Taste 13 has been reviewed by numerous periodicals and books in the area of Conferences, called Ring. Many letters addressed to the Director are from young mothers, asking for recipes of simple foods, e.g. boiled rice, because after the 1970s women had outside jobs and used pre-cooked meals to save time. Today, on the other hand, they want to cook meals themselves, to obtain genuine tastes, but without spending too long on them. Csaba Dalla Zorza, Italian food writer, a true authority of contemporary savoir vivre, speaks of this subject in her latest book, Honestly good presented at the Ring. She describes new ways of cooking, eating and feeling good. The ethics of eating suggests preparing meals, rather than buying ready food, which moreover saves money. She also suggests that when your children are young, one should cook different dishes, to get them used to variety. Many adults refuse to experience new food due to the monotonous menus they were given as children.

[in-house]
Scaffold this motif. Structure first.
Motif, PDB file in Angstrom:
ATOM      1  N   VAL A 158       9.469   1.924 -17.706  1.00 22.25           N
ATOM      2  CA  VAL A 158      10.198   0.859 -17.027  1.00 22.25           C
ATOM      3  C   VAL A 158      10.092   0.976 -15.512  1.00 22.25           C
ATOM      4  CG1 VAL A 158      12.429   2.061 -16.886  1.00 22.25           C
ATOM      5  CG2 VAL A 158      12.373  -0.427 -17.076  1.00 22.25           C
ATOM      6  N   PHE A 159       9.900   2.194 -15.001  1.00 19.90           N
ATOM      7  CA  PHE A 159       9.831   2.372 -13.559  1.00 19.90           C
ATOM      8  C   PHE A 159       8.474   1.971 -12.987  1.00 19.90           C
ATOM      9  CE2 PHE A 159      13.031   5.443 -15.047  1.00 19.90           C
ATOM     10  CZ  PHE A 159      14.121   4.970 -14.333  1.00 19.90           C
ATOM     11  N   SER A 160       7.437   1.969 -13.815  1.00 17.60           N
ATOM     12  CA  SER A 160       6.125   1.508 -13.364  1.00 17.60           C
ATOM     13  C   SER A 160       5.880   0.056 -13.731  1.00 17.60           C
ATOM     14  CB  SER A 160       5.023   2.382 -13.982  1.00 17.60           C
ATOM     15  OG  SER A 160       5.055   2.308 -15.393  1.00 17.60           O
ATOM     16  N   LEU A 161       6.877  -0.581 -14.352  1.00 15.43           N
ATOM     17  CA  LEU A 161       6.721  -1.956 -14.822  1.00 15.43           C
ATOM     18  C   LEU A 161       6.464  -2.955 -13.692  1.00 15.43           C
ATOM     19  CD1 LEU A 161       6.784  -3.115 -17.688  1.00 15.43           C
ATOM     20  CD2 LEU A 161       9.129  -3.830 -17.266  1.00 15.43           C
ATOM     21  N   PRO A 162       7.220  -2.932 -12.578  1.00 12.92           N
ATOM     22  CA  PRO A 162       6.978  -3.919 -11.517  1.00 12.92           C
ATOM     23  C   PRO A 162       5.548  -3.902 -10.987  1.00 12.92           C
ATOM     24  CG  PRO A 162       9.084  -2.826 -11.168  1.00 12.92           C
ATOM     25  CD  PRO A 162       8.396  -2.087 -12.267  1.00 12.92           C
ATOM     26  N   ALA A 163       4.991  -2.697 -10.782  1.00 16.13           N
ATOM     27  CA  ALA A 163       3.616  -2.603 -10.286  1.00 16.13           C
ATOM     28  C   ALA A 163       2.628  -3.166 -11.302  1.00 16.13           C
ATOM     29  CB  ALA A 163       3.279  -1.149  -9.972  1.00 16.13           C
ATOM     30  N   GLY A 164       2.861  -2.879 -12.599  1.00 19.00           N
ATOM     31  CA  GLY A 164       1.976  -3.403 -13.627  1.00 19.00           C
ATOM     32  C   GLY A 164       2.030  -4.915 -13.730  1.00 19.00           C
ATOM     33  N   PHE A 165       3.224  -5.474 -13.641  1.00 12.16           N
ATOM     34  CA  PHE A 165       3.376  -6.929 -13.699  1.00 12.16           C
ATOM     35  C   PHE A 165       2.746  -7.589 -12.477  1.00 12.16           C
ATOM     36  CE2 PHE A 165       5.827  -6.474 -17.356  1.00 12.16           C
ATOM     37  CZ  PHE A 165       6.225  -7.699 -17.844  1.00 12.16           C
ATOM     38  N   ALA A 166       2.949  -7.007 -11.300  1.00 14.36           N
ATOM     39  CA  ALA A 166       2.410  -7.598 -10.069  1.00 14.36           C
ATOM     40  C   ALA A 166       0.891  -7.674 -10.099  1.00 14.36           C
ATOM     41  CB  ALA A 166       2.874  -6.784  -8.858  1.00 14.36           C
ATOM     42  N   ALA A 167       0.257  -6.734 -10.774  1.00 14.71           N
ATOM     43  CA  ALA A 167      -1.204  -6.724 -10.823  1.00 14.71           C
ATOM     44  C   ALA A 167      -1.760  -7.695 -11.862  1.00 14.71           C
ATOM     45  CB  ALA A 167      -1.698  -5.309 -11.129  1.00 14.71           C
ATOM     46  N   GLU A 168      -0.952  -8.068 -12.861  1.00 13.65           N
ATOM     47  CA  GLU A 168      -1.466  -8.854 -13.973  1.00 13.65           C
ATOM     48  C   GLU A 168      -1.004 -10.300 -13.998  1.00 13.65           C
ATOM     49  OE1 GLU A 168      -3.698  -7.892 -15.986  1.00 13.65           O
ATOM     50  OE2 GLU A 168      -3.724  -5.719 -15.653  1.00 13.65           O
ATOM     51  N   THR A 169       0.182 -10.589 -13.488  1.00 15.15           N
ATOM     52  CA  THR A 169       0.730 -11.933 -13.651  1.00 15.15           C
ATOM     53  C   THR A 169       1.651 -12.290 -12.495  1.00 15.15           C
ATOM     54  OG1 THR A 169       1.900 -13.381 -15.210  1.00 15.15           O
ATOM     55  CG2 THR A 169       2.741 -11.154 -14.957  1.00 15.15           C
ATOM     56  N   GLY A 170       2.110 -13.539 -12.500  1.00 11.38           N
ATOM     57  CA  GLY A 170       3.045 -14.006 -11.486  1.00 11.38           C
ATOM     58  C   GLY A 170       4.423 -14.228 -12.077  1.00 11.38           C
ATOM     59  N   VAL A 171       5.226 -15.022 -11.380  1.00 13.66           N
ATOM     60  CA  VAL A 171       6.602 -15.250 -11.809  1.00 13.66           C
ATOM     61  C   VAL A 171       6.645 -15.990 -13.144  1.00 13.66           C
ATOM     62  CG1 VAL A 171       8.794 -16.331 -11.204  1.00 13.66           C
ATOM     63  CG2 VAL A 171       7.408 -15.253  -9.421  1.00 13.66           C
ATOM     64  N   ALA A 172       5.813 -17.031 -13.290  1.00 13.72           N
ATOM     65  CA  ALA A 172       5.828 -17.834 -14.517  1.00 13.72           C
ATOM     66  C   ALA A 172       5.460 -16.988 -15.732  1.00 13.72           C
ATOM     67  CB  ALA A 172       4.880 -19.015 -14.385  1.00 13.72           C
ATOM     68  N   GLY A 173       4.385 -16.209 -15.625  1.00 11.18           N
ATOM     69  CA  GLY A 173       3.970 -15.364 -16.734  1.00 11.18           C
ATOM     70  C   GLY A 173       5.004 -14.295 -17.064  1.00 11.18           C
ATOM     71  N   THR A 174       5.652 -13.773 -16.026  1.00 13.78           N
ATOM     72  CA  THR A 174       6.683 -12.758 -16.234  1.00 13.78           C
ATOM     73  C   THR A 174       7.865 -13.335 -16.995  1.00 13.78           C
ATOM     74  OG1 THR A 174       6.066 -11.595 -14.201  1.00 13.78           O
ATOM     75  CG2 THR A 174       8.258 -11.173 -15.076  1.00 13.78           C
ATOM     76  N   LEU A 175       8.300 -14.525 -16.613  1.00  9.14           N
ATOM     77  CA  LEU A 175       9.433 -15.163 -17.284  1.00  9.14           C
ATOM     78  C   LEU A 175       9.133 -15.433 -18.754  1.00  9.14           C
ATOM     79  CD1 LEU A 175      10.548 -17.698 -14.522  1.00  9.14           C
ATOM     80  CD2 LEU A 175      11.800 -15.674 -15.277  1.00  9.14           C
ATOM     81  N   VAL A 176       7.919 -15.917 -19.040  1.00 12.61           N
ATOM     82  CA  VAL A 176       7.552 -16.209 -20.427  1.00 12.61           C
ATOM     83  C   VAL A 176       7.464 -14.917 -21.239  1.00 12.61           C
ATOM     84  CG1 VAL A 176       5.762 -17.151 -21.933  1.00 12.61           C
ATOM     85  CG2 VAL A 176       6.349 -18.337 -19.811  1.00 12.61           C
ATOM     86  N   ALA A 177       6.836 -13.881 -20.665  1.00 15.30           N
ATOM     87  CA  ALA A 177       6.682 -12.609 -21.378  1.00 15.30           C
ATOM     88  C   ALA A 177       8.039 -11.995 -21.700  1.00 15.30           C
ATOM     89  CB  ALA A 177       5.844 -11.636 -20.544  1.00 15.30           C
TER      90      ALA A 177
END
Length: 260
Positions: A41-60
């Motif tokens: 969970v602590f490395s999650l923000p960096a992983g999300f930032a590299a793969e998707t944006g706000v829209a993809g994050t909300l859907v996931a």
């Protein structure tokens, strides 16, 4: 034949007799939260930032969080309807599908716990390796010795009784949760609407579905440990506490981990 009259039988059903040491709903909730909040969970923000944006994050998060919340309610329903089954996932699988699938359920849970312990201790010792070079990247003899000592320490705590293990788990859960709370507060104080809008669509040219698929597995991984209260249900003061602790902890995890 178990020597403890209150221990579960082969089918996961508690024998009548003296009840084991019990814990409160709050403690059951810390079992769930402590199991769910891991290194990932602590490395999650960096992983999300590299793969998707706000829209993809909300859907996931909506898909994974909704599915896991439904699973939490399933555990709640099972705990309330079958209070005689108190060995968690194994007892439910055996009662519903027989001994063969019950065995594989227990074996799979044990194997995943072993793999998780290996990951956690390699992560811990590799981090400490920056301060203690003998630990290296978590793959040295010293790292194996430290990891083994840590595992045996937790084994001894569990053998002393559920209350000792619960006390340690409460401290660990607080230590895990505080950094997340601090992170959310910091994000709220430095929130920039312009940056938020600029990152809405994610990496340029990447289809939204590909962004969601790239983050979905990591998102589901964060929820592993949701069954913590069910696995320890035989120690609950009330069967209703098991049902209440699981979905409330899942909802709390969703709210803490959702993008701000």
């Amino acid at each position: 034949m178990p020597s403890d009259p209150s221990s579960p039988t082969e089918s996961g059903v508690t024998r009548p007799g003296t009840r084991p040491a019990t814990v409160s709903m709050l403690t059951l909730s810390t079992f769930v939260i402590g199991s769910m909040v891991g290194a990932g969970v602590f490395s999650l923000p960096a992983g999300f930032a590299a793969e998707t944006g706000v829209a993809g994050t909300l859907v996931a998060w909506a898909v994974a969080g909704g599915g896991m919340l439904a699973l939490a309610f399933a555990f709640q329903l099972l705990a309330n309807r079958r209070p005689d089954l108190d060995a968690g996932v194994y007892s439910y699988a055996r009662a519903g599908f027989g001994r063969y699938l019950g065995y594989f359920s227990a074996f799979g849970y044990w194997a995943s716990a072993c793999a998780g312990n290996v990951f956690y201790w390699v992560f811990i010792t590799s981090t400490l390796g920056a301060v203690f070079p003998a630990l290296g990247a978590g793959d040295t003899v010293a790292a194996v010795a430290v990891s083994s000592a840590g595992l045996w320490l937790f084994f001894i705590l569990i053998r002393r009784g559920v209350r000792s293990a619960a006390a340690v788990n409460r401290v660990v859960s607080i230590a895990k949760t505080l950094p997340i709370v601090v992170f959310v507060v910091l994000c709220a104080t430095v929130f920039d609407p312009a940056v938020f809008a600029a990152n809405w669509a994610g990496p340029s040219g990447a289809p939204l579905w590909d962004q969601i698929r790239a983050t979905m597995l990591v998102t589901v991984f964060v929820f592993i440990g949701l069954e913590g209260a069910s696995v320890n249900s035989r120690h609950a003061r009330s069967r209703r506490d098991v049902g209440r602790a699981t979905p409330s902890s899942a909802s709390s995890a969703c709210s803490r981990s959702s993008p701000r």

To commemorate Gualtiero Marchesi, a group of men and women, who knew him closely, have presented a book about the great “artist of food”, who passed away in December 2017. A film dedicated to him is about to come out. It shows this great Italian in the places where he worked. A focus is also dedicated to Foraging, a widely spread phenomenon of our days, which consists in collecting and cooking wild plants, grasses, shrubs, lichens, seeds, resins, roots and even algae. Wild Food Lab is the name of the research laboratory run by Valeria Mosca, an anthropologist and ethno-botanist who speaks at the Ring of this important food resource, which has almost no impact on the planet. Wild food, however, must be harvested respecting the environment and with the knowledge of what can safely be consumed. This is why it should be a subject taught at school.